The stegosaurian forelimb is usually portrayed with the metacarpals slanted and distally spread. However, manual manipulation of stegosaurian metacarpals reveals that in that configuration they do not articulate with each other nor with the rest of the forelimb. Rather, they do articulate with each other and with the rest of the forelimb when posed vertically and arranged in a compact, semi−tubular configuration, as in sauropods. This configuration agrees with data from articulated specimens and trackways. As with sauropods, this metacarpal configuration makes retention of phalanges awkward for locomotion and may be functionally related to the vestigiality of the manual phalanges of the outer digits.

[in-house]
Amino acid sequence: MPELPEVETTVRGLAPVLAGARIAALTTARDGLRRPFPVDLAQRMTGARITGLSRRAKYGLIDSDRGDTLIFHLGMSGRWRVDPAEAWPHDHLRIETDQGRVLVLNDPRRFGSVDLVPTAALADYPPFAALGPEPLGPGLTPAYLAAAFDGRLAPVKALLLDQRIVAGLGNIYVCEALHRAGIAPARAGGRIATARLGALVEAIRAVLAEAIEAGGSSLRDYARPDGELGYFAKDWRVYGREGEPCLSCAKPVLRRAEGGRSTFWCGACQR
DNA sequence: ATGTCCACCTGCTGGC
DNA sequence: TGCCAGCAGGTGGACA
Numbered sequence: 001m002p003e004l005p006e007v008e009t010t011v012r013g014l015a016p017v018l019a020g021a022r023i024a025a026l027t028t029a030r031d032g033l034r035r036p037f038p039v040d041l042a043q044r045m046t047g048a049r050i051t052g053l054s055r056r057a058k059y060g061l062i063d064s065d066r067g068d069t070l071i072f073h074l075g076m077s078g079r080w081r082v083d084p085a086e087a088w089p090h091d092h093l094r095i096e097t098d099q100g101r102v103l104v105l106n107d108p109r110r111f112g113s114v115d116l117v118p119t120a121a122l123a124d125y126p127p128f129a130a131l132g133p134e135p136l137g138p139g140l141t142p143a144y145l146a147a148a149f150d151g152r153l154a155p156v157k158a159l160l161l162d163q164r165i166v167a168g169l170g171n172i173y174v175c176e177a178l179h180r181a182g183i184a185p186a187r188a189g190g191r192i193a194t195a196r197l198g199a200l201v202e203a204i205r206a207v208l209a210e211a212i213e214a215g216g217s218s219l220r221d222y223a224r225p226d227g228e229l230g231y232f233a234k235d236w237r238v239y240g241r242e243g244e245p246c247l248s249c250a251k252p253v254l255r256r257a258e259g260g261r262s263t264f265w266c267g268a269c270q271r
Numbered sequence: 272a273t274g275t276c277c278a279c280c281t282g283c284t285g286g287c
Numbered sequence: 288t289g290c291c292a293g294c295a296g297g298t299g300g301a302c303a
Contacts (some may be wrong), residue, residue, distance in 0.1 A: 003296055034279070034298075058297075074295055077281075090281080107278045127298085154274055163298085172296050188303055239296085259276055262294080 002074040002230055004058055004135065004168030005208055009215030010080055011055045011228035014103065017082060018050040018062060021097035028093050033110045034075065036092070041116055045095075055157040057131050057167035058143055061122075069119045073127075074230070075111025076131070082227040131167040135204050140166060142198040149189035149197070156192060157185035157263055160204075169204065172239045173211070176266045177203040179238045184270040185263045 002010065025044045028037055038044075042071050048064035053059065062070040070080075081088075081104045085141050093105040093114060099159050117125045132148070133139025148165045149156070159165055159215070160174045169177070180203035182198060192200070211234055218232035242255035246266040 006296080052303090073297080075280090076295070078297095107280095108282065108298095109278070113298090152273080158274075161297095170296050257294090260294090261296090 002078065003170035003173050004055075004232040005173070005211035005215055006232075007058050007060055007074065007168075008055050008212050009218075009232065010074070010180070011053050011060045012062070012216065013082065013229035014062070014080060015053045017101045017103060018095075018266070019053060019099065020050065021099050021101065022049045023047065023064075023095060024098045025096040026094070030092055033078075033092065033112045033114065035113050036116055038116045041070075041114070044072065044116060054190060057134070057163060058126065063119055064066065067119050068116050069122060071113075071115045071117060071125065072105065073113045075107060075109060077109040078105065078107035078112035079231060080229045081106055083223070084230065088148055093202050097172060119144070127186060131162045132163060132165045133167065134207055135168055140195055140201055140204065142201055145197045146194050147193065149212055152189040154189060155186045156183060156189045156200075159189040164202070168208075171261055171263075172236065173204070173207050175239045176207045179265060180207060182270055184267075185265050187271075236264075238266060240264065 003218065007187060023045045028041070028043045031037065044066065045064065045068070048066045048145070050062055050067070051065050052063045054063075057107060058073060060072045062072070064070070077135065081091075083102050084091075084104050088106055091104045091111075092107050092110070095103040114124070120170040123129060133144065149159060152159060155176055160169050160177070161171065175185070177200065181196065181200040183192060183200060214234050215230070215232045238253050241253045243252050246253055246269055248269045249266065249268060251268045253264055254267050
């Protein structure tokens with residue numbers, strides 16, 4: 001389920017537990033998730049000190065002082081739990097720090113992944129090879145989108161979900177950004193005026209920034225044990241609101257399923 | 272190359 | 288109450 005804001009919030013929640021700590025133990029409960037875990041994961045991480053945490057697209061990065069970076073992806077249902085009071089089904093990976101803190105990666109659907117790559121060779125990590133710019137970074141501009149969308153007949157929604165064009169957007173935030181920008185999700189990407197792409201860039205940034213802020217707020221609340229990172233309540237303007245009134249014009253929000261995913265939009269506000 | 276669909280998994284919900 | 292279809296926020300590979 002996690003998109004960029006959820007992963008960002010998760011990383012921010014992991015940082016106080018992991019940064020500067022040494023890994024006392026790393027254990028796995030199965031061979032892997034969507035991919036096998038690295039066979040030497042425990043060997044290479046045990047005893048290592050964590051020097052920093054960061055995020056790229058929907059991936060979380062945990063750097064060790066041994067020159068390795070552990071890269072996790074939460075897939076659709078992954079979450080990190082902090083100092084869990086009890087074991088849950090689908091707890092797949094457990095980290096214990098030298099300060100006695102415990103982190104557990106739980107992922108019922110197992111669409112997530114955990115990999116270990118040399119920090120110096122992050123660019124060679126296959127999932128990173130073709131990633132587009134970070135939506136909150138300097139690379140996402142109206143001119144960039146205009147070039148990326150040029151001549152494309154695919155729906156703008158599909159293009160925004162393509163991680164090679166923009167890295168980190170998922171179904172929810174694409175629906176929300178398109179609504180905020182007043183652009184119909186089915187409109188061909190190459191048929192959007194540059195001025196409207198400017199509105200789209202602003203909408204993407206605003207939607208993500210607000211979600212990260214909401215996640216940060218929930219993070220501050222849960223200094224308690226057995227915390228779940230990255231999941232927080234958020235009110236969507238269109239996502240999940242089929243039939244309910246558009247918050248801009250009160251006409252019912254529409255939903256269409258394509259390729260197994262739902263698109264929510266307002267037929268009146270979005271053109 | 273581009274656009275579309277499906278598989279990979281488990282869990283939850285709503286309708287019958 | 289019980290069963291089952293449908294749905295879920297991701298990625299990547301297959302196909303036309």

Senter, Philip J., "Evidence for a sauropod−like metacarpal configuration in stegosaurian dinosaurs" (2010). Biological Science Working Papers. Paper 6.